Grease a 22cm x 12cm loaf tin (6-cup capacity) and line fully with baking paper, bringing it 2cm above the rim.

Preheat the oven to 180°C regular bake.


Whisk the pumpkin, eggs, sugar, oil, zest, golden syrup and vanilla together until smooth.

Whisk all the dry ingredients together in a large bowl. Add the sultanas and ginger and toss to coat.

Pour in the pumpkin mixture and stir everything together, making sure there are no pockets of flour in the batter. Scrape the batter into the tin and scatter over the pumpkin and sunflower seeds.

Bake for about 1 hour, or until a skewer inserted into the centre comes out clean. Loosely cover the loaf with foil after 30 minutes to prevent over-browning.

Heat the sugar, water and extra cinnamon in a small saucepan, stirring to dissolve the sugar, then cook until reduced by half and syrupy. Gently brush the hot syrup over the top of the loaf and leave to cool completely. Store wrapped in baking paper in an airtight container for 5-6 days.

Cook’s note: Peel and seed 1½ kilograms of Crown pumpkin and roughly chop. Place in a baking dish, cover with foil and bake at 180°C for about 30 minutes, or until tender. Mash until smooth and measure out 1½ cups.

Spiced Ginger
Recipe from Dish Sweet Cookbook, on sale now.

Related Article: Blueberry Cheesecake and Oatmeal Streusel Slice

Blueberry Cheesecake and Oatmeal Streusel Slice

Treat yourself with this oh-so-delicious blueberry cheesecake slice. The streusel is used to make both the crunchy base and the topping – simple and delicious.


1 1/3 cups plain flour

1 cup brown sugar

1 cup rolled oats

1 teaspoon each baking powder and ground mixed spice

½ teaspoon sea salt

150 grams butter, melted


500 grams cream cheese, at room temperature

½ cup sour cream

1 cup caster sugar

2 large eggs

2 tablespoons custard powder

Finely grated zest 1 large lemon


¼ cup dark seedless berry jam

1½ cups blueberries, fresh or frozen (not thawed)


Grease a 28cm x 18cm slice tin and line with baking paper.

Preheat the oven to 160°C fan bake.


Streusel: Place all the ingredients in a large bowl and mix to form damp crumbs (you can use your fingertips). Take out 2¾ cups of the mix and press firmly and evenly into the base of the slice tin. Set the remaining mixture aside. Bake for 20 minutes until golden and firm. Set aside.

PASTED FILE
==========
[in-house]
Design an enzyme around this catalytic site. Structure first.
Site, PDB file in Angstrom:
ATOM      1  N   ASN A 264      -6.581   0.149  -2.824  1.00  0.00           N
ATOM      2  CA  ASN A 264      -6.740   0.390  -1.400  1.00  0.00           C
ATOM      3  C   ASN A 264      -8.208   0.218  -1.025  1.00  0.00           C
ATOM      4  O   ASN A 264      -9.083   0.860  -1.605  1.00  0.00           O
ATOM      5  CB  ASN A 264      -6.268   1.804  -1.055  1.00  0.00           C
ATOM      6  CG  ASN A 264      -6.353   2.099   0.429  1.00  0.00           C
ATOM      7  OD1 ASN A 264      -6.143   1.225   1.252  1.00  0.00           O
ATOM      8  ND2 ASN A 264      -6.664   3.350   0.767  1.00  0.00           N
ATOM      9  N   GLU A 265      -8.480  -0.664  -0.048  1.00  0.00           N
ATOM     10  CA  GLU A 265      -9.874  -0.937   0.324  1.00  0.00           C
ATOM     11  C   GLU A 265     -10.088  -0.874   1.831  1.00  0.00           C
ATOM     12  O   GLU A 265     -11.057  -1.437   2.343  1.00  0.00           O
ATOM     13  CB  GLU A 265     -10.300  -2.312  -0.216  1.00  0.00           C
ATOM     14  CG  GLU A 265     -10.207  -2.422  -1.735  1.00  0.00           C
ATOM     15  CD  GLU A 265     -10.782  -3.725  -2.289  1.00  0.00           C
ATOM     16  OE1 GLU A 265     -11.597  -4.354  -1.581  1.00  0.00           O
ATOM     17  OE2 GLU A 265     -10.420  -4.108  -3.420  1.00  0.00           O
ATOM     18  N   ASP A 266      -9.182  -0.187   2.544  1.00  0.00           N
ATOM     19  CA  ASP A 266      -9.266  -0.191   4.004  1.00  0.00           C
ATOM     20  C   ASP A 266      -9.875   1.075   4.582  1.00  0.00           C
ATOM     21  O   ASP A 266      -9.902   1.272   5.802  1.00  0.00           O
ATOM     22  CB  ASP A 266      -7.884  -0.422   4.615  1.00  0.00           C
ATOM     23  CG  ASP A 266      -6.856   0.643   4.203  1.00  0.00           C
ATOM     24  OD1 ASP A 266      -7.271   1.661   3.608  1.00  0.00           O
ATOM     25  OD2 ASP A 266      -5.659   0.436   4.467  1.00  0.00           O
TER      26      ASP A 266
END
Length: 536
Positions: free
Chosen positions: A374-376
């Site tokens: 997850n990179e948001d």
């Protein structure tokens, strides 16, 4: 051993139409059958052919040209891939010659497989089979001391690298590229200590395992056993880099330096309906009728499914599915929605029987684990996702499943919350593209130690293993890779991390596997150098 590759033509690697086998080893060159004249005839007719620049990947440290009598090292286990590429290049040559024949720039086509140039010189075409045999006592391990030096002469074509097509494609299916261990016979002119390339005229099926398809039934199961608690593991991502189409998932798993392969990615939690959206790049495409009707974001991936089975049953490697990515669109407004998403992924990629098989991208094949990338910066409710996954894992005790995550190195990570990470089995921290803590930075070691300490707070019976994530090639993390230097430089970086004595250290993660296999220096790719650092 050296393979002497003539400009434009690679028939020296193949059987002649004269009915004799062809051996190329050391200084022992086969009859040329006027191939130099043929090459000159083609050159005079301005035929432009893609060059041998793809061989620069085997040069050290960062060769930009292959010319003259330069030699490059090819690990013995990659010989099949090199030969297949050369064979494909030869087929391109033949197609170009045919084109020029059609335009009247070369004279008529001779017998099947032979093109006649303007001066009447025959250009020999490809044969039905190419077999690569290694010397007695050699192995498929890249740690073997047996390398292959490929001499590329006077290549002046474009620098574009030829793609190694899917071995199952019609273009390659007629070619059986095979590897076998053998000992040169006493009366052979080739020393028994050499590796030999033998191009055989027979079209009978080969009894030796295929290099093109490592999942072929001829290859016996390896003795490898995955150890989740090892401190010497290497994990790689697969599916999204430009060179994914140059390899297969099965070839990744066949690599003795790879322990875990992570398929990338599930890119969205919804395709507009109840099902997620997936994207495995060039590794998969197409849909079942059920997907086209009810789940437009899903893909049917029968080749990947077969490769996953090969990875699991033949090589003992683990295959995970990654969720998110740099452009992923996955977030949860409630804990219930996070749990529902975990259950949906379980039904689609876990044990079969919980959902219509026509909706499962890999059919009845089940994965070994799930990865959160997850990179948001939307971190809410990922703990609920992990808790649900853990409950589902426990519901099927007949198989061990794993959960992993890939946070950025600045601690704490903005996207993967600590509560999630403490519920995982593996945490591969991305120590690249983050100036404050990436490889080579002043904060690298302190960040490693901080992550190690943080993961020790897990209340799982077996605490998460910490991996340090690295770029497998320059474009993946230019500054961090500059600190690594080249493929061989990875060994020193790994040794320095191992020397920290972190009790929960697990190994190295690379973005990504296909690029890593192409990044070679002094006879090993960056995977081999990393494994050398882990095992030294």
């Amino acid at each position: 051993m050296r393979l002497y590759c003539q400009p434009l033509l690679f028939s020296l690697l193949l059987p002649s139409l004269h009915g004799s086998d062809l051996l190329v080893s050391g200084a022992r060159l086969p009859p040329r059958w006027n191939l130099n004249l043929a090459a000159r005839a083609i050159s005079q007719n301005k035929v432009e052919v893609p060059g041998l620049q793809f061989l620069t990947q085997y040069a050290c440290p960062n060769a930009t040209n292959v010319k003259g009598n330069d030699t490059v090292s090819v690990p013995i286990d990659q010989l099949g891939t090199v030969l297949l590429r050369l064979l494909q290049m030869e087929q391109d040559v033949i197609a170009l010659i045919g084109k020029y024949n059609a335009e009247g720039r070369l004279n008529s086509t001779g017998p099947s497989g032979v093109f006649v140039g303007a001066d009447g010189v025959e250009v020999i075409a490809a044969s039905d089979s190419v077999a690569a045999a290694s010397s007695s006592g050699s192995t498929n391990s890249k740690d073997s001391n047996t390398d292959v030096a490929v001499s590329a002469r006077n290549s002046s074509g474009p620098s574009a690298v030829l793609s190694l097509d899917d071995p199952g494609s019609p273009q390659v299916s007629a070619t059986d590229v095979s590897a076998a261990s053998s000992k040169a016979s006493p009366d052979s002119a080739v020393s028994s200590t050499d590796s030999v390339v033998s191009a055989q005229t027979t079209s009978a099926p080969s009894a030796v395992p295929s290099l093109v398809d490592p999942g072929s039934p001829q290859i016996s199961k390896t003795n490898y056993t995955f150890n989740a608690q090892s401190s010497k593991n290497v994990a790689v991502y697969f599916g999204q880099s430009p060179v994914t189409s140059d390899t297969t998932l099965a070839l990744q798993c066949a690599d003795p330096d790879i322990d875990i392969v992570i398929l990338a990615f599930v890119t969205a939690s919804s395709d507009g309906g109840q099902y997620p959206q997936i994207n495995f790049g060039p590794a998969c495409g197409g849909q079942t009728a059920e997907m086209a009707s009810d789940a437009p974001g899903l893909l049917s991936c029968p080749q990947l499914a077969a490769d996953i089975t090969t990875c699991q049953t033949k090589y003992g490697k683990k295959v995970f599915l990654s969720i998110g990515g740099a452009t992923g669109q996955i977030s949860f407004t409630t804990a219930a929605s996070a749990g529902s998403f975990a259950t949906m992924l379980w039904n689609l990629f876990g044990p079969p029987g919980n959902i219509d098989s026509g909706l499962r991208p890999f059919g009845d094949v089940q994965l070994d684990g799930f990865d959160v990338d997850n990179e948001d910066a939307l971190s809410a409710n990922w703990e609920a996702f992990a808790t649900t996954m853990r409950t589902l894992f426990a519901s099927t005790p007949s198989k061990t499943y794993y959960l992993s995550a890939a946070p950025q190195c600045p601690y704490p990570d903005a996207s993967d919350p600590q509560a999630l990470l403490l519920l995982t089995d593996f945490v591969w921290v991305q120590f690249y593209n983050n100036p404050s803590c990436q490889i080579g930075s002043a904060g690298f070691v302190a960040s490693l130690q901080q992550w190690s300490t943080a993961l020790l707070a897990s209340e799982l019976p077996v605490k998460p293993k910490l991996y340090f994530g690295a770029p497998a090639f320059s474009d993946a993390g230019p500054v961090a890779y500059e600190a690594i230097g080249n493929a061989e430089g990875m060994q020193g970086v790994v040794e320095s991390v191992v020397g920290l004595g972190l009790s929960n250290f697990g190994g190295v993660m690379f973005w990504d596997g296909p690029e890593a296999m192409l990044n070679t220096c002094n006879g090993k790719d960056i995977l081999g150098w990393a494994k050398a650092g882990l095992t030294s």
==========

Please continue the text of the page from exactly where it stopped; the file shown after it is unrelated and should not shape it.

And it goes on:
Change the oven from fan bake to 160°C regular bake.

Cheesecake: Place all the ingredients in a food processor and blend until smooth. Tip over the base and smooth the top.

Topping: Stir the jam and blueberries together then spoon over the top of the cheesecake. Scatter over the remaining streusel.

Bake for 35-40 minutes, or until the top is golden and the cheesecake is set. Cool then refrigerate for several hours to firm up. Cut into desired size for serving.

Blueberry Cheesecake
Recipe extract is from Dish Sweet, on sale now.

Related Article: Maple & Lime Glazed Salmon

November Energy Forecast From Gaia Chinniah

Gaia Chinniah is an internationally known healer, medium and spiritual coach. She founded Soul 33 a healing company and the modality of Soul Progression Therapy. Using the energetic cycles and seasons to set your goals, heal and manifest what you want in life is such a powerful tool to help us to navigate life daily without resistance. To use this November Energy Forecast, review once in its entirety and then at the beginning and end of each week remind yourself what the energy of the week is asking of you.

Week One: October 30 – November 5

We have a few things to deal with this week and we may be feeling vulnerable and wanting to withdraw, but this is because once we have cleared things up something better is coming! The clearing process might feel like delays but clearing is creative because you are making space for things you are truly passionate about.  It’s helpful to view it as a process of what you want to keep and what you don’t. 

When we want something, it can come from a place of being attached to having an outcome, but we are being asked to move through life with confidence and give things your best shot once you have cleared things out. Your self-belief this week is what will allow light to shine onto how your vision for yourself is showing up. Keep your heart open to receive these experiences.

Card of the week: Break the Cycle

This is a reminder what whatever needs to be moved aside will be for the greatest good of your visions becoming a reality. You are reminded that as old cycles break, new ones begin that serve you better.

Week Two: November 6 – 12